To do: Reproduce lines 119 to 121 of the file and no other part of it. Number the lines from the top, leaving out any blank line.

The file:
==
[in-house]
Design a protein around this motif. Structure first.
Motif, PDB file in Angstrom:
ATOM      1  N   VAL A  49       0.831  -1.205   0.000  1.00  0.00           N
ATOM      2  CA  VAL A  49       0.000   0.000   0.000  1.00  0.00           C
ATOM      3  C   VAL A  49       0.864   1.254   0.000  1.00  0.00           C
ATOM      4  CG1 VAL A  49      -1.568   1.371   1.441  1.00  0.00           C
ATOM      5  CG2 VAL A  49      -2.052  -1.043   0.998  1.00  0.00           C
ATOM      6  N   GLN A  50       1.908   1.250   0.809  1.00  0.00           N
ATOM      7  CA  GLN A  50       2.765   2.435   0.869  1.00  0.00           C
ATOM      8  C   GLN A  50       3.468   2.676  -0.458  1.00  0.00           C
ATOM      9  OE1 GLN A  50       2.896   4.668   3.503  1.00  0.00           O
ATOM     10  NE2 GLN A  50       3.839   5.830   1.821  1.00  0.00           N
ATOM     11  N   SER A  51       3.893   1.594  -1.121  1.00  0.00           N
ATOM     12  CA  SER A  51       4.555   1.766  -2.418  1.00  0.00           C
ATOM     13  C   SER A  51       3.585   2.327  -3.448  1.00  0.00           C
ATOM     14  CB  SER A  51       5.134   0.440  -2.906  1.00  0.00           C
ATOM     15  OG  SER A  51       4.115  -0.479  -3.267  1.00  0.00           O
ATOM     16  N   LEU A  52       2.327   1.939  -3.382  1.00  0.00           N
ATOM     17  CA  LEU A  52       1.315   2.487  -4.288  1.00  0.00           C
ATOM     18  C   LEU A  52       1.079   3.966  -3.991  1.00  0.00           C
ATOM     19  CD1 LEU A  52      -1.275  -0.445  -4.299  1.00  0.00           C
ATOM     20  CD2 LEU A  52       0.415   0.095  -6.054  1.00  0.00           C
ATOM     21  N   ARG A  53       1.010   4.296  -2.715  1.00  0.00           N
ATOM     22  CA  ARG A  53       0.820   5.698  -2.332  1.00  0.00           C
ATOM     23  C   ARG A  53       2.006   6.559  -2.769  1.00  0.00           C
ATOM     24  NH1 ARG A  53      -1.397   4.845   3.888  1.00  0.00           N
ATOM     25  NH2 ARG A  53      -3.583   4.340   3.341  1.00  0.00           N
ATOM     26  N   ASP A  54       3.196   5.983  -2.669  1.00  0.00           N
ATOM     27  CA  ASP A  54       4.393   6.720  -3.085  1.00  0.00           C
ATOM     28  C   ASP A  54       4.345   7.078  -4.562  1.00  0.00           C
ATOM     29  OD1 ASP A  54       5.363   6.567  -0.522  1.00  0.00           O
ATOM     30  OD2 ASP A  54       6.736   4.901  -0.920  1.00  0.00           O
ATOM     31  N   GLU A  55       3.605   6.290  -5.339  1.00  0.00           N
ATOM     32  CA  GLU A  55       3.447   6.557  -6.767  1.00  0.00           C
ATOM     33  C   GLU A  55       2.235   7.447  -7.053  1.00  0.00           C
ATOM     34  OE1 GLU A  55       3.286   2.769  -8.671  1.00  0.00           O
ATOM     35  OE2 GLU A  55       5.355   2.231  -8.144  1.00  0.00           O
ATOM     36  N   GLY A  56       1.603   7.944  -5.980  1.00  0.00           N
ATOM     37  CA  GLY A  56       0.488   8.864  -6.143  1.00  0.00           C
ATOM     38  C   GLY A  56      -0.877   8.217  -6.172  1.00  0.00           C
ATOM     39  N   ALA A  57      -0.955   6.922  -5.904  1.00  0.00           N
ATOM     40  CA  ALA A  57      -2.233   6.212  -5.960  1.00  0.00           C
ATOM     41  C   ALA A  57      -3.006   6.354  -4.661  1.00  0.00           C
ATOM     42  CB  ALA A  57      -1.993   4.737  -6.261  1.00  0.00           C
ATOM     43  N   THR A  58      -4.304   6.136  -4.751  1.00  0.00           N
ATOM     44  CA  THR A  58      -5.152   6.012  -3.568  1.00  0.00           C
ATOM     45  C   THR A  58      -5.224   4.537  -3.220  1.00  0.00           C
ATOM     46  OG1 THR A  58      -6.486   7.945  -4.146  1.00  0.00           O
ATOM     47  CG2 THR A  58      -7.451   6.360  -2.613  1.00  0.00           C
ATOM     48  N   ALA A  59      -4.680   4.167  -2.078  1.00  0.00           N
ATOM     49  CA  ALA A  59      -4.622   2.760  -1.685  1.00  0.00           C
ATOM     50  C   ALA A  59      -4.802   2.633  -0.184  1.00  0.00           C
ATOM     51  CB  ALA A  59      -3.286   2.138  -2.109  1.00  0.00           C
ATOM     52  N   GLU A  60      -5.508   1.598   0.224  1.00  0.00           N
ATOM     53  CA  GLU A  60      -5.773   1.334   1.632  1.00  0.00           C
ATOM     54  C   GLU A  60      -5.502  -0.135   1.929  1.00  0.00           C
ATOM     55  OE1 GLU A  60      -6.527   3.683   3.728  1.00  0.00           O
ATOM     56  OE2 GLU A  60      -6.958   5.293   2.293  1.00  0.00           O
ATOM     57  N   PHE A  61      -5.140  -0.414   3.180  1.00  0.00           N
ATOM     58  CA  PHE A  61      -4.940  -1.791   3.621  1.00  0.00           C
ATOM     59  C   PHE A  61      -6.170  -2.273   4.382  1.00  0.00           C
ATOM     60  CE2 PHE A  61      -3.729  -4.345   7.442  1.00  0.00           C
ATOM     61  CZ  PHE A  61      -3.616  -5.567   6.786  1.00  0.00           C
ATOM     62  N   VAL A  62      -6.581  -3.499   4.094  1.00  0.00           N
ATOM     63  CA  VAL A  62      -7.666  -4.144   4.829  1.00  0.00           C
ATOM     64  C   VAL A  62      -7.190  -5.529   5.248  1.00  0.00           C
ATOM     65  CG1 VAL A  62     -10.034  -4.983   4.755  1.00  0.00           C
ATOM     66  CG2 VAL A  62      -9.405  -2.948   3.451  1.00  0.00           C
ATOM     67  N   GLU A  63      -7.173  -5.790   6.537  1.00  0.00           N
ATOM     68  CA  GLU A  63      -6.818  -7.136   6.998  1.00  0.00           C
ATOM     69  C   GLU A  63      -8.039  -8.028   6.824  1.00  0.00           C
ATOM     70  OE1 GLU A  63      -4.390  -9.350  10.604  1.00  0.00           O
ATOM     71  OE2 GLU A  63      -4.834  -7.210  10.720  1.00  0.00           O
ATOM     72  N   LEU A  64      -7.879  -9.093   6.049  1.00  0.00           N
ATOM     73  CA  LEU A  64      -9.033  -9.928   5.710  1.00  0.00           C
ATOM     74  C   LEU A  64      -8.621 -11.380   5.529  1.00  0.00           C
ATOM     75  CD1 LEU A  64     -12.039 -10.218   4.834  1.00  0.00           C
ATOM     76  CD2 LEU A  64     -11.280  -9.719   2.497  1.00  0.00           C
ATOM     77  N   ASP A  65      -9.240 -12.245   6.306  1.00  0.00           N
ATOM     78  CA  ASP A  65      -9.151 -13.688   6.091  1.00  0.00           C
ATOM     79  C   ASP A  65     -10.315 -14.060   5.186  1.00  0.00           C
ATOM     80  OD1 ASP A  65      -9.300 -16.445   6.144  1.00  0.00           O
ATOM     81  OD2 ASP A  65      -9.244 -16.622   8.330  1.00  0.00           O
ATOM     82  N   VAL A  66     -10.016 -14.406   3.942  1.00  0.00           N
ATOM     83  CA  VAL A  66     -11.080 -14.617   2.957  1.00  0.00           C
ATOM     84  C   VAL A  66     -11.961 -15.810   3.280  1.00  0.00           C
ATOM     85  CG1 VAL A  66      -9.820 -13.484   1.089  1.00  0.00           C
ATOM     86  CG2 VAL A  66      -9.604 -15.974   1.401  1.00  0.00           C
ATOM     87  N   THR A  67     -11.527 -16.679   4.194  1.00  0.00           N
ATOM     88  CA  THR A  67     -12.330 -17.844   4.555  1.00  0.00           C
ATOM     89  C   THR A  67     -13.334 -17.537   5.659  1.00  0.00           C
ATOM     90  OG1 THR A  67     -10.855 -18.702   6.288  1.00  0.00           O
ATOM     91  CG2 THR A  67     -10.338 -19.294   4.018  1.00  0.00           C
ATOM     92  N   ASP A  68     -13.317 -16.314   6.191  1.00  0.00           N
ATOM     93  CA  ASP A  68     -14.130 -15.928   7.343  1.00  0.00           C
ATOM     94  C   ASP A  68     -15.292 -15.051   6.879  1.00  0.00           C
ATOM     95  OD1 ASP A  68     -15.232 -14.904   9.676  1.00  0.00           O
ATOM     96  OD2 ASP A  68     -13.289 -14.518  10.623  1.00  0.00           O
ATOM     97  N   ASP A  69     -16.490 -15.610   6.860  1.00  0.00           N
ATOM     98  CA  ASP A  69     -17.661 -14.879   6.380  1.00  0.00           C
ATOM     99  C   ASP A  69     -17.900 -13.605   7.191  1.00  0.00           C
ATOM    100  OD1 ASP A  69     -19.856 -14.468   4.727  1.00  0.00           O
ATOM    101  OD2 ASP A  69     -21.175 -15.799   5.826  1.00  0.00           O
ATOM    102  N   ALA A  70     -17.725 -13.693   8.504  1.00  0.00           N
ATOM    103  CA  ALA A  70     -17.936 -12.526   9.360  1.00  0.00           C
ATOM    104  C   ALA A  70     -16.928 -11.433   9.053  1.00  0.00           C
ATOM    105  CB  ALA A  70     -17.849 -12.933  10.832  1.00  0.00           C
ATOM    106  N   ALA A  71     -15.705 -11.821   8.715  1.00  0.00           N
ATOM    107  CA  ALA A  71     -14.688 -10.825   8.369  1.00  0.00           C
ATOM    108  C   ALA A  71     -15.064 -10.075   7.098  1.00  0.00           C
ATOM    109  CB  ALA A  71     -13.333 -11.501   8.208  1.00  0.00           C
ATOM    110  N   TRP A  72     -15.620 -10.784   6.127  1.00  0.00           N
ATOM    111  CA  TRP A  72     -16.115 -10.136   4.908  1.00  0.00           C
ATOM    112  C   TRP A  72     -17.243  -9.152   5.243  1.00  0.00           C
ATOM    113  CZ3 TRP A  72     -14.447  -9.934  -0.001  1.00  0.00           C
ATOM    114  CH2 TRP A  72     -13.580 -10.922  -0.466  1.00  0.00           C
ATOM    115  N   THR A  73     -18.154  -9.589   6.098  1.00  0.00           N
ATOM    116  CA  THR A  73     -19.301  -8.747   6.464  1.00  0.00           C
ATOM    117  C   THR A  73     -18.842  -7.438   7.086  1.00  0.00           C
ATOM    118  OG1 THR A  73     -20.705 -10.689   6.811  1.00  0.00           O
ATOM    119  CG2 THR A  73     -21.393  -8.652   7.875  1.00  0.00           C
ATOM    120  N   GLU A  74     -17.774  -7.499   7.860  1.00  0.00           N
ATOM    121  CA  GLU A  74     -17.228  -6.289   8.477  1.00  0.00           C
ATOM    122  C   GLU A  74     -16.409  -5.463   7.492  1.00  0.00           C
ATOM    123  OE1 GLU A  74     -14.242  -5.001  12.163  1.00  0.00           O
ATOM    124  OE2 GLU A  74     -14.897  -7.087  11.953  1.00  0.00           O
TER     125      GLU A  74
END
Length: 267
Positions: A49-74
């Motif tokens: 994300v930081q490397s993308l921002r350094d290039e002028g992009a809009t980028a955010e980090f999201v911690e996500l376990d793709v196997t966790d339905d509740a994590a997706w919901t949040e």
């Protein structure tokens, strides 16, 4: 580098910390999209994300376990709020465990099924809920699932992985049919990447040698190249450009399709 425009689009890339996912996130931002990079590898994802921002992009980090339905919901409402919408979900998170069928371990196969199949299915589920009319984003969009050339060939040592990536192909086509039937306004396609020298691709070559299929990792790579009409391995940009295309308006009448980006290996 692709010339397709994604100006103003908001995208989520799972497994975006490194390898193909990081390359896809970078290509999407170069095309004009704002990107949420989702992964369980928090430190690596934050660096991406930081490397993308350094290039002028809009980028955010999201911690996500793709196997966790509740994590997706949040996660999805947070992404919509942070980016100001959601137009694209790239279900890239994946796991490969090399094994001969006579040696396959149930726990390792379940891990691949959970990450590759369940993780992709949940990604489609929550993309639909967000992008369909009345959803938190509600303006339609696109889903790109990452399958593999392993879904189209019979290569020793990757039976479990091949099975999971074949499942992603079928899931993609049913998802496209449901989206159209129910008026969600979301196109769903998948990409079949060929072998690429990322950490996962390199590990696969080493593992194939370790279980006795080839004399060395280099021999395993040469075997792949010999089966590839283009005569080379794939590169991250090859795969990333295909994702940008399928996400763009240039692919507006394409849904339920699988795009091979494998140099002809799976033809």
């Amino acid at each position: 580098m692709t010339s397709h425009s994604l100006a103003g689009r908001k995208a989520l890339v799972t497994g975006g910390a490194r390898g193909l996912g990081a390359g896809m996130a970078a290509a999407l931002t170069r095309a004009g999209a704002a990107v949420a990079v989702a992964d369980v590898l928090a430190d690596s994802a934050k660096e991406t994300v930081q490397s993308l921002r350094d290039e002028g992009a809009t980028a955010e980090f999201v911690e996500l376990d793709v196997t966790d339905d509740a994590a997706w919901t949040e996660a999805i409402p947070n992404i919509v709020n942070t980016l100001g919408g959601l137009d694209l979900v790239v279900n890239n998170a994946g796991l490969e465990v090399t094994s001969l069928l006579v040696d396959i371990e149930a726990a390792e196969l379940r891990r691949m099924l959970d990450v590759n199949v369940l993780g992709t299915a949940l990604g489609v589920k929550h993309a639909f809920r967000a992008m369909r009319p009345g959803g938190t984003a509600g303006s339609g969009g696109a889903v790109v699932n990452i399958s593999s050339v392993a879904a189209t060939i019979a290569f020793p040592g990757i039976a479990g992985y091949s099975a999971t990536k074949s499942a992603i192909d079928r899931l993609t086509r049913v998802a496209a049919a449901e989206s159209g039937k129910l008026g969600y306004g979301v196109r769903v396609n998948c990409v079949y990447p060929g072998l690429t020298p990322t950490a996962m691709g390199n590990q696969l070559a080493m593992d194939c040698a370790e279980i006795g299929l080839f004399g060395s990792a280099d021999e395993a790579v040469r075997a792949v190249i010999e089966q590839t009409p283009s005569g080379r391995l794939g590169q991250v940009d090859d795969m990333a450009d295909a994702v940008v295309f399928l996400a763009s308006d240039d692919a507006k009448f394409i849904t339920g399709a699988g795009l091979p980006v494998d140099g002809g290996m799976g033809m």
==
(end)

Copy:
ATOM    116  CA  THR A  73     -19.301  -8.747   6.464  1.00  0.00           C
ATOM    117  C   THR A  73     -18.842  -7.438   7.086  1.00  0.00           C
ATOM    118  OG1 THR A  73     -20.705 -10.689   6.811  1.00  0.00           O